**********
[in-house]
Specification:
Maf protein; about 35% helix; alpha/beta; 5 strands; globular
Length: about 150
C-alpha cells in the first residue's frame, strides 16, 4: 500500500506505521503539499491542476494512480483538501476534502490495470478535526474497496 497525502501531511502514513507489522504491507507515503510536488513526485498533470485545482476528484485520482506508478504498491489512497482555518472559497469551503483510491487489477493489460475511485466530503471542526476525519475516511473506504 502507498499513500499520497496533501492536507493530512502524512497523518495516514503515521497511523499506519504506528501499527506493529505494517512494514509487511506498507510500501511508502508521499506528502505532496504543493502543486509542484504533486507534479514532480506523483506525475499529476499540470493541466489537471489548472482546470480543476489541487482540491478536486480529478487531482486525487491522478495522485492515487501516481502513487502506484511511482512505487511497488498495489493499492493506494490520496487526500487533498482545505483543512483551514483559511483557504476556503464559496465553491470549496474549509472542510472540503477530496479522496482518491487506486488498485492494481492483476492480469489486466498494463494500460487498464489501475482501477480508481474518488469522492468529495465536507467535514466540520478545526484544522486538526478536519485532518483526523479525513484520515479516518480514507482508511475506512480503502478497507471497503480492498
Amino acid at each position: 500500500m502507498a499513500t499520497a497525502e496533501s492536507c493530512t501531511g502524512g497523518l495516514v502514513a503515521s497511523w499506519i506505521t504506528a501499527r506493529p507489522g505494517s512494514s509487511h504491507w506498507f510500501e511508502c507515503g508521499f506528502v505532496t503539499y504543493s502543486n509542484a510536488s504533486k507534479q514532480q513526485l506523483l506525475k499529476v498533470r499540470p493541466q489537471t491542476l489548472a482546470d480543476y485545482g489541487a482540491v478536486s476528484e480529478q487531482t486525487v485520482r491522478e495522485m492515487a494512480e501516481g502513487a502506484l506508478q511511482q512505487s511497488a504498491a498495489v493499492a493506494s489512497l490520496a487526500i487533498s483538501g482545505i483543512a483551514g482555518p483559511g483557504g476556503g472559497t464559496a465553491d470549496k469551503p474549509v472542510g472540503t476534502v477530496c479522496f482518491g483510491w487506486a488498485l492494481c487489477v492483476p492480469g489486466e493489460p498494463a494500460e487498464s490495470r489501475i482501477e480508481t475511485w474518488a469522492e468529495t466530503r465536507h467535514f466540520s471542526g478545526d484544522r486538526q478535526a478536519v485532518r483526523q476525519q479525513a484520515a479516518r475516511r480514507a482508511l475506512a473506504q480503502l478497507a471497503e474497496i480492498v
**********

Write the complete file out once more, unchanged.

[in-house]
Specification:
Maf protein; about 35% helix; alpha/beta; 5 strands; globular
Length: about 150
C-alpha cells in the first residue's frame, strides 16, 4: 500500500506505521503539499491542476494512480483538501476534502490495470478535526474497496 497525502501531511502514513507489522504491507507515503510536488513526485498533470485545482476528484485520482506508478504498491489512497482555518472559497469551503483510491487489477493489460475511485466530503471542526476525519475516511473506504 502507498499513500499520497496533501492536507493530512502524512497523518495516514503515521497511523499506519504506528501499527506493529505494517512494514509487511506498507510500501511508502508521499506528502505532496504543493502543486509542484504533486507534479514532480506523483506525475499529476499540470493541466489537471489548472482546470480543476489541487482540491478536486480529478487531482486525487491522478495522485492515487501516481502513487502506484511511482512505487511497488498495489493499492493506494490520496487526500487533498482545505483543512483551514483559511483557504476556503464559496465553491470549496474549509472542510472540503477530496479522496482518491487506486488498485492494481492483476492480469489486466498494463494500460487498464489501475482501477480508481474518488469522492468529495465536507467535514466540520478545526484544522486538526478536519485532518483526523479525513484520515479516518480514507482508511475506512480503502478497507471497503480492498
Amino acid at each position: 500500500m502507498a499513500t499520497a497525502e496533501s492536507c493530512t501531511g502524512g497523518l495516514v502514513a503515521s497511523w499506519i506505521t504506528a501499527r506493529p507489522g505494517s512494514s509487511h504491507w506498507f510500501e511508502c507515503g508521499f506528502v505532496t503539499y504543493s502543486n509542484a510536488s504533486k507534479q514532480q513526485l506523483l506525475k499529476v498533470r499540470p493541466q489537471t491542476l489548472a482546470d480543476y485545482g489541487a482540491v478536486s476528484e480529478q487531482t486525487v485520482r491522478e495522485m492515487a494512480e501516481g502513487a502506484l506508478q511511482q512505487s511497488a504498491a498495489v493499492a493506494s489512497l490520496a487526500i487533498s483538501g482545505i483543512a483551514g482555518p483559511g483557504g476556503g472559497t464559496a465553491d470549496k469551503p474549509v472542510g472540503t476534502v477530496c479522496f482518491g483510491w487506486a488498485l492494481c487489477v492483476p492480469g489486466e493489460p498494463a494500460e487498464s490495470r489501475i482501477e480508481t475511485w474518488a469522492e468529495t466530503r465536507h467535514f466540520s471542526g478545526d484544522r486538526q478535526a478536519v485532518r483526523q476525519q479525513a484520515a479516518r475516511r480514507a482508511l475506512a473506504q480503502l478497507a471497503e474497496i480492498v